There’s been a lot of attention paid recently, including a post in this blog, to the issue of the faulty ignition switches on models of GM vehicles. Somewhat surprisingly, this has eclipsed the much bigger story of faulty airbags in Toyota and other cars. It turns out that there are many more defective airbags than faulty ignition switches in the vehicles driving around New York City and elsewhere.
The first documented airbag incident occurred in 2004 when an airbag exploded in a Honda Accord, injuring the driver. At that time, Honda did not issue a recall, declaring the airbag explosion to be an anomaly.
Fast forward to 2014. More than 14 million vehicles have been recalled because of faulty airbags. This is five times the number of cars recalled by GM.
In addition to Honda and Toyota, automakers that include BMW, General Motors, Subaru and Mitsubishi have issued recalls about the airbags. Seven other car manufacturers have been affected, according to the New York Times.
Vehicle manufacturers have received reports from car owners that describe the problem succinctly: the airbags can rupture on impact in a car accident. This causes them to release shrapnel, chemicals or both. Honda has received reports of two deaths and more than 30 injuries. Other manufacturers have reported at least 139 injuries.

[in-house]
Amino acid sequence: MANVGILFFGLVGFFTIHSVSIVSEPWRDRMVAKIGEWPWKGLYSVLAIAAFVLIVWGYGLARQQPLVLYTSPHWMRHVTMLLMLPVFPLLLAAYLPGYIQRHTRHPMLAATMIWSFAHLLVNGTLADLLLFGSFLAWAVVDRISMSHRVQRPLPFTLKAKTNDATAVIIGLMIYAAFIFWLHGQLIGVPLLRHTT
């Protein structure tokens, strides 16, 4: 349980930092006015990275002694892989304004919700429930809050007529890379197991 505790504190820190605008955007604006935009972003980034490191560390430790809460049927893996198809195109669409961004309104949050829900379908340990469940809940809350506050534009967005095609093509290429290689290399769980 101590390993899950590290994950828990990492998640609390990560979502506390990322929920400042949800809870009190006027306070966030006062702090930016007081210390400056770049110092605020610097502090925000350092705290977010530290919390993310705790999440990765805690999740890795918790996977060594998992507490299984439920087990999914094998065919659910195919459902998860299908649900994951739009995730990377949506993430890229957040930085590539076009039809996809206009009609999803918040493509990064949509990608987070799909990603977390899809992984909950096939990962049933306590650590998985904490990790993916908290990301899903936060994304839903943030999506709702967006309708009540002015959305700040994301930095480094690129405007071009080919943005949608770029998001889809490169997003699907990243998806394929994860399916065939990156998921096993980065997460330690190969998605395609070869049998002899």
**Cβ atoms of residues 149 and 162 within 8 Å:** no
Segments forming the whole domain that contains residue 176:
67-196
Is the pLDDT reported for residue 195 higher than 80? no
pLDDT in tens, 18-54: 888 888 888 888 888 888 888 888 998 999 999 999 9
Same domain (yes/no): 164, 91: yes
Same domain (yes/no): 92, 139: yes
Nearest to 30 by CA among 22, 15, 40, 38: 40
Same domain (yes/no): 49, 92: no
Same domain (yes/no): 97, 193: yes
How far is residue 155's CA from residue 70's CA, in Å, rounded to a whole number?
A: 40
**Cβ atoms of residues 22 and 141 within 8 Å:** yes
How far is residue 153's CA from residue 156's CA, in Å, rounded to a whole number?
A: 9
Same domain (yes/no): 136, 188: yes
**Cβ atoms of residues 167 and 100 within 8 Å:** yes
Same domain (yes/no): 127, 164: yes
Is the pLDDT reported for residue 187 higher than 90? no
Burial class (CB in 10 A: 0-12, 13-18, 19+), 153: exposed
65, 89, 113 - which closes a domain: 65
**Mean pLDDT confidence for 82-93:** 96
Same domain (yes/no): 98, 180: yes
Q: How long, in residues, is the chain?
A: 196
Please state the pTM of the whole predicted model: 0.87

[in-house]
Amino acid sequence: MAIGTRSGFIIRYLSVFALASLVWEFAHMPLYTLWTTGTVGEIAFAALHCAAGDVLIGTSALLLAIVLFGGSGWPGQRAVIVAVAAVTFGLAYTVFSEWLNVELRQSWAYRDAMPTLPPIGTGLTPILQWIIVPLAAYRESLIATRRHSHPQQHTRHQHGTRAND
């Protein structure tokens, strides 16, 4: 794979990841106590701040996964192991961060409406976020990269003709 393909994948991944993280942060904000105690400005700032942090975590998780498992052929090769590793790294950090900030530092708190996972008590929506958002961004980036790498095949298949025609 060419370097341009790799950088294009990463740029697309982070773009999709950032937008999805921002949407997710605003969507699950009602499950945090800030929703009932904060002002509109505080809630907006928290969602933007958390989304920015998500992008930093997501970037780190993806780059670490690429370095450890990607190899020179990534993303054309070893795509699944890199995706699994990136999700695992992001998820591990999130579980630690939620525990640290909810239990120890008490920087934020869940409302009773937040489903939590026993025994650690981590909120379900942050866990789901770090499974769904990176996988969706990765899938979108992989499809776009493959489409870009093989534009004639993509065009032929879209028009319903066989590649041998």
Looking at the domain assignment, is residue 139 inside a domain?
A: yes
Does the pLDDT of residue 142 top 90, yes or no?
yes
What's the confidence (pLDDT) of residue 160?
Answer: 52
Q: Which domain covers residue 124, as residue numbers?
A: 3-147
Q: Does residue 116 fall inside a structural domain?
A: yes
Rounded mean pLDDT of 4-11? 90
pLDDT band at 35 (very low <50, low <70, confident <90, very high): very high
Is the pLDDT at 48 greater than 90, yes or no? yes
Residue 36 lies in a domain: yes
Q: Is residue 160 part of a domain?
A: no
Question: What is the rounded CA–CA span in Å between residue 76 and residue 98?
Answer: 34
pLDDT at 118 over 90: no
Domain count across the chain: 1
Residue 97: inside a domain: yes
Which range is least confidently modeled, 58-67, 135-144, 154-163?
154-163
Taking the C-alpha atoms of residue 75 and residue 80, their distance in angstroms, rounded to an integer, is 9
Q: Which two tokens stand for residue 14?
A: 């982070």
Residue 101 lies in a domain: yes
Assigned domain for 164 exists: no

Honda did not act until recently, despite three more reports of airbag ruptures in 2007. According to the New York Times, the automaker was able to take a relaxed approach to the problem because of weak regulations and a significant gap between what manufacturers know about their vehicles and what they say on the record. The first safety recall of a small number of vehicles – about 4,200 – didn’t occur until 2008. This means that other manufacturers were not aware of the extent of the problem and continued to install the airbags for years after the first incident in 2004.
The Japanese airbag company, Takata, was founded as a textile manufacturer in 1933. It has been working on airbags since the 1960s and is one of the world’s leading suppliers to auto manufacturers.